Book of the Month – August 2022 : Wisdom at Work by Chip Conley

Wisdom at Work: The Making of a Modern Elder by [Chip Conley]
Experience is making a comeback. Learn how to repurpose your wisdom.

At age 52, after selling the company he founded and ran as CEO for 24 years, rebel boutique hotelier Chip Conley was looking at an open horizon in midlife. Then he received a call from the young founders of Airbnb, asking him to help grow their disruptive start-up into a global hospitality giant. He had the industry experience, but Conley was lacking in the digital fluency of his 20-something colleagues. He didn’t write code, or have an Uber or Lyft app on his phone, was twice the age of the average Airbnb employee, and would be reporting to a CEO young enough to be his son. Conley quickly discovered that while he’d been hired as a teacher and mentor, he was also in many ways a student and intern. What emerged is the secret to thriving as a mid-life worker: learning to marry wisdom and experience with curiosity, a beginner’s mind, and a willingness to evolve, all hallmarks of the “Modern Elder.”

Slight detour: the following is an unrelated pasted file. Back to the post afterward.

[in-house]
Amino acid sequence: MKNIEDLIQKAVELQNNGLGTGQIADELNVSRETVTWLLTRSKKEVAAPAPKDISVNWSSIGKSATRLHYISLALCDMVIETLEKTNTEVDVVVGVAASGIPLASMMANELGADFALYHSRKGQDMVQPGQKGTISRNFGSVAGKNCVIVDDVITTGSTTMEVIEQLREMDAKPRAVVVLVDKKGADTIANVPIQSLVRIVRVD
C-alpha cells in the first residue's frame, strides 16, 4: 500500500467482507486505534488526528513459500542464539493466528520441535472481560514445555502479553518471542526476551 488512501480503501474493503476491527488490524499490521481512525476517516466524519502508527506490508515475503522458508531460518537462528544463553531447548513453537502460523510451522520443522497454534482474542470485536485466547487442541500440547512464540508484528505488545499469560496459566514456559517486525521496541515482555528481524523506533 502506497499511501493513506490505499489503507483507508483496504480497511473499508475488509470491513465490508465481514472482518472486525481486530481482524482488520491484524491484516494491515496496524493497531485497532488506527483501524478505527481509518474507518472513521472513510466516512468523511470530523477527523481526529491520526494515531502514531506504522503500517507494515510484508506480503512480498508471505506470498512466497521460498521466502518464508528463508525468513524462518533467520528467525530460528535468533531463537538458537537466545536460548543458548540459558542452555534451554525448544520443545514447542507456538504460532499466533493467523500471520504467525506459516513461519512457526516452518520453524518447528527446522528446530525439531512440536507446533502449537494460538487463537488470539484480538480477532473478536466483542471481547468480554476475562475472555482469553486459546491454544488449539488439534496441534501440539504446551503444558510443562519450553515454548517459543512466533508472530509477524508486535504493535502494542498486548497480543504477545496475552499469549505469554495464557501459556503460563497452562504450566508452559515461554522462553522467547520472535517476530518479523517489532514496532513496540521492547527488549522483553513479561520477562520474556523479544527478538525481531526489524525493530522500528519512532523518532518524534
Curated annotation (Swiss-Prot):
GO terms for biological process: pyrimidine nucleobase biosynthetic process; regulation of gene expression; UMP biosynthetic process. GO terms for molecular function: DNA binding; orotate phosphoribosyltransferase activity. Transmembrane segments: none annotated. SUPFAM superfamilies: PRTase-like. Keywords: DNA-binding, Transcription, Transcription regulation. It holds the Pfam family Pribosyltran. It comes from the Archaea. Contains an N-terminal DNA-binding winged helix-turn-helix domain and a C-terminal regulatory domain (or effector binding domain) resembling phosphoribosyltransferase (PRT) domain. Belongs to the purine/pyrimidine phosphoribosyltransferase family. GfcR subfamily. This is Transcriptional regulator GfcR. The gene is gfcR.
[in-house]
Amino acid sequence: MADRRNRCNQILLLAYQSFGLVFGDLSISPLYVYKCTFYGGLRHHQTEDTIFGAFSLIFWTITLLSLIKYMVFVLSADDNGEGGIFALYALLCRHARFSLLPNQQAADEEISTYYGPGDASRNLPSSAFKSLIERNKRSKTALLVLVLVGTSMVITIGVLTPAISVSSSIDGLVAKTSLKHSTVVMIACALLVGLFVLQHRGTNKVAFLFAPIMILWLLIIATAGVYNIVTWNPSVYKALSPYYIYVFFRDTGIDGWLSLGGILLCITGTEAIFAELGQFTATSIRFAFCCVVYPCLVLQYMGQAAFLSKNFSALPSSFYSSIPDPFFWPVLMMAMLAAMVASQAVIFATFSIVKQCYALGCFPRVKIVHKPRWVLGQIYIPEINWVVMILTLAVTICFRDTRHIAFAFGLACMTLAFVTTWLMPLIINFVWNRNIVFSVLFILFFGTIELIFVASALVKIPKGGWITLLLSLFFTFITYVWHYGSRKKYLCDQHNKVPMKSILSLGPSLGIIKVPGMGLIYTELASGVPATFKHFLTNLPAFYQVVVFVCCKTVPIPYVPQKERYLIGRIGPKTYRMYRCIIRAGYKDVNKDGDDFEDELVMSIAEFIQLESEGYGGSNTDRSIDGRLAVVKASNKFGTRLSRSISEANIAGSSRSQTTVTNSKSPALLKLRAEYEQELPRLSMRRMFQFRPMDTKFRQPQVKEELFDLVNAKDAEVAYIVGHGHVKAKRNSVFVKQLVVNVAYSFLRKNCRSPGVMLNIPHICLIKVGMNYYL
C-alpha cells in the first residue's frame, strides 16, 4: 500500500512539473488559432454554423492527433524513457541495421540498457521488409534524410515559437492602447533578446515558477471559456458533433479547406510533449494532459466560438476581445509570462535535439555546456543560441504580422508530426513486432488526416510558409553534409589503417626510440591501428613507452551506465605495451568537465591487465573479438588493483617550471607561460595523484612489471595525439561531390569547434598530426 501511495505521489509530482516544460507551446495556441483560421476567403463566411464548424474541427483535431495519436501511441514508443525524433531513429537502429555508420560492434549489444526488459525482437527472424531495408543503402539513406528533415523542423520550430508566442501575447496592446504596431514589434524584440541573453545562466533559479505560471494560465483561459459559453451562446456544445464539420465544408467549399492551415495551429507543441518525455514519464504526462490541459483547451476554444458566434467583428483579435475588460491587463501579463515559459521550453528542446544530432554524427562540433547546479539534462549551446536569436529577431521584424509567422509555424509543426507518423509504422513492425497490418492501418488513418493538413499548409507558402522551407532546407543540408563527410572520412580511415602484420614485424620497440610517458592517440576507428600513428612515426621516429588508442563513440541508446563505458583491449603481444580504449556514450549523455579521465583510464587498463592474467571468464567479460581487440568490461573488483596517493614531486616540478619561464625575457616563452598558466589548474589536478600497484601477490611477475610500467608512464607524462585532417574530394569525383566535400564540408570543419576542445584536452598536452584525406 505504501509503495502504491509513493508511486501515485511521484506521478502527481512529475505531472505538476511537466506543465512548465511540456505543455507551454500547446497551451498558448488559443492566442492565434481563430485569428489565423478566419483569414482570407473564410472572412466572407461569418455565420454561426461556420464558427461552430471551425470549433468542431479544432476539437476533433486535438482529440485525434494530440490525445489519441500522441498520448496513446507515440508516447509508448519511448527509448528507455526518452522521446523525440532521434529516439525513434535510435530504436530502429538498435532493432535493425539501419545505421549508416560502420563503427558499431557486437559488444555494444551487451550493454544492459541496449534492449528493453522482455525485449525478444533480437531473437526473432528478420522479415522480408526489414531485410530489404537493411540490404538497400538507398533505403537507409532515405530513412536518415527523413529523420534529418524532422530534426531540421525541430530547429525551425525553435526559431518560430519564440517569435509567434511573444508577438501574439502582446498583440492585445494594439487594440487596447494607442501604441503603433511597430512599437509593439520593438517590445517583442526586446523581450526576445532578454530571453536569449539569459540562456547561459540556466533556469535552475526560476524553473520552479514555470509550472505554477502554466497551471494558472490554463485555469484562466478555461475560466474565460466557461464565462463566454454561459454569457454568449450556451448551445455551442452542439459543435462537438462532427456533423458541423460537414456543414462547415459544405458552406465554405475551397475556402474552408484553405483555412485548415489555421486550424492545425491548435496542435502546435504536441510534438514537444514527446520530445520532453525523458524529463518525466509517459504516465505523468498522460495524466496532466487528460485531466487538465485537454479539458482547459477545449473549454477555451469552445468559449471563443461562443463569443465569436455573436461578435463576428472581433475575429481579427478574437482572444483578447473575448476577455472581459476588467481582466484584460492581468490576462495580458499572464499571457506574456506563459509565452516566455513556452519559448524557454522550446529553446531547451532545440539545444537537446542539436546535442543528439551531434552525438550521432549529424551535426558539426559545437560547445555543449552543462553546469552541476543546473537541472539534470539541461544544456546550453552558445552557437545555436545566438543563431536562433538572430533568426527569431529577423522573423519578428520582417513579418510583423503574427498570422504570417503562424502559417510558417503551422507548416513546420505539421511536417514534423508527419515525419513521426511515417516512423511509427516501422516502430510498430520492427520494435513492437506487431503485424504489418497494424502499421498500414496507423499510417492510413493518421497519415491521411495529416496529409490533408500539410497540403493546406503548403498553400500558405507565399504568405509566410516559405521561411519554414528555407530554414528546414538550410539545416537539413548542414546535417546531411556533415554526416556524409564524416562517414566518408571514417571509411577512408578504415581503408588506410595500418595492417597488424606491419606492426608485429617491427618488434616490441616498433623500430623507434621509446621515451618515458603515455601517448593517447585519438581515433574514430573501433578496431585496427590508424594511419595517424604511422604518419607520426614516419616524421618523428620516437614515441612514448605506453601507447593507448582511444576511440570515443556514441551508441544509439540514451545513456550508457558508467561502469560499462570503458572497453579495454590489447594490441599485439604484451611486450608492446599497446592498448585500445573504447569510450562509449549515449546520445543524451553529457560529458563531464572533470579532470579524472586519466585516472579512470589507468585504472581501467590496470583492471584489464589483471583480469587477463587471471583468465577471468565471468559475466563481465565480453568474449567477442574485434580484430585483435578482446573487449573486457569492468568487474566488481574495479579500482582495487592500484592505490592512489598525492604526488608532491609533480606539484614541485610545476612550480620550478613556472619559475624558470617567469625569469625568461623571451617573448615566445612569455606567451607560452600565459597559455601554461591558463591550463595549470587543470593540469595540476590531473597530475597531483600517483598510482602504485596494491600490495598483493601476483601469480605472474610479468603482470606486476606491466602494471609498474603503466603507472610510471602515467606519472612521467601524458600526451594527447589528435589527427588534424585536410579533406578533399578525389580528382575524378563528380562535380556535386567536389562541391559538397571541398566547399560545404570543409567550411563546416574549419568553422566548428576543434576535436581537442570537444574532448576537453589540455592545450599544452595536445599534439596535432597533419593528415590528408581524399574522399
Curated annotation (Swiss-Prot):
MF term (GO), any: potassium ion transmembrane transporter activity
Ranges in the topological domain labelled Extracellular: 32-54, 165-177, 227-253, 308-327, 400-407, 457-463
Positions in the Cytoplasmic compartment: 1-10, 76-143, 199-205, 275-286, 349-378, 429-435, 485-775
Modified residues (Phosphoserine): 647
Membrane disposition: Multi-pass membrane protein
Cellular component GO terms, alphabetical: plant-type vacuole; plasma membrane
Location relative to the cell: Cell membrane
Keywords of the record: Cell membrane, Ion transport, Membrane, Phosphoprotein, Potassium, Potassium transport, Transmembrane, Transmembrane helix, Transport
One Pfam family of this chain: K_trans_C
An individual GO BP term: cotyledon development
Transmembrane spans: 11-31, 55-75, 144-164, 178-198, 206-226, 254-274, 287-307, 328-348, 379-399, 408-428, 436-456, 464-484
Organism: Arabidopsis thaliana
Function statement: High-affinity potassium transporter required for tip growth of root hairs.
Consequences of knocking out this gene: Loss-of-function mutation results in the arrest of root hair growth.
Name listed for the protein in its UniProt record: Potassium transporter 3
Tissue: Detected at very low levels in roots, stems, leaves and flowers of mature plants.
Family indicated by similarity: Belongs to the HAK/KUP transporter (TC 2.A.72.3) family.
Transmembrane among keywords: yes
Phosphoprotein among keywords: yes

In a world that venerates the new, bright, and shiny, many of us are left feeling invisible, undervalued, and threatened by the “digital natives” nipping at our heels. But Conley argues that experience is on the brink of a comeback. Because at a time when power is shifting younger, companies are finally waking up to the value of the humility, emotional intelligence, and wisdom that come with age. And while digital skills might have only the shelf life of the latest fad or gadget, the human skills that mid-career workers possess–like good judgment, specialized knowledge, and the ability to collaborate and coach – never expire.

Part manifesto and part playbook, Wisdom@Work ignites an urgent conversation about ageism in the workplace, calling on us to treat age as we would other type of diversity. In the process, Conley liberates the term “elder” from the stigma of “elderly,” and inspires us to embrace wisdom as a path to growing whole, not old. Whether you’ve been forced to make a mid-career change, are choosing to work past retirement age, or are struggling to keep up with the millennials rising up the ranks, Wisdom@Work will help you write your next chapter.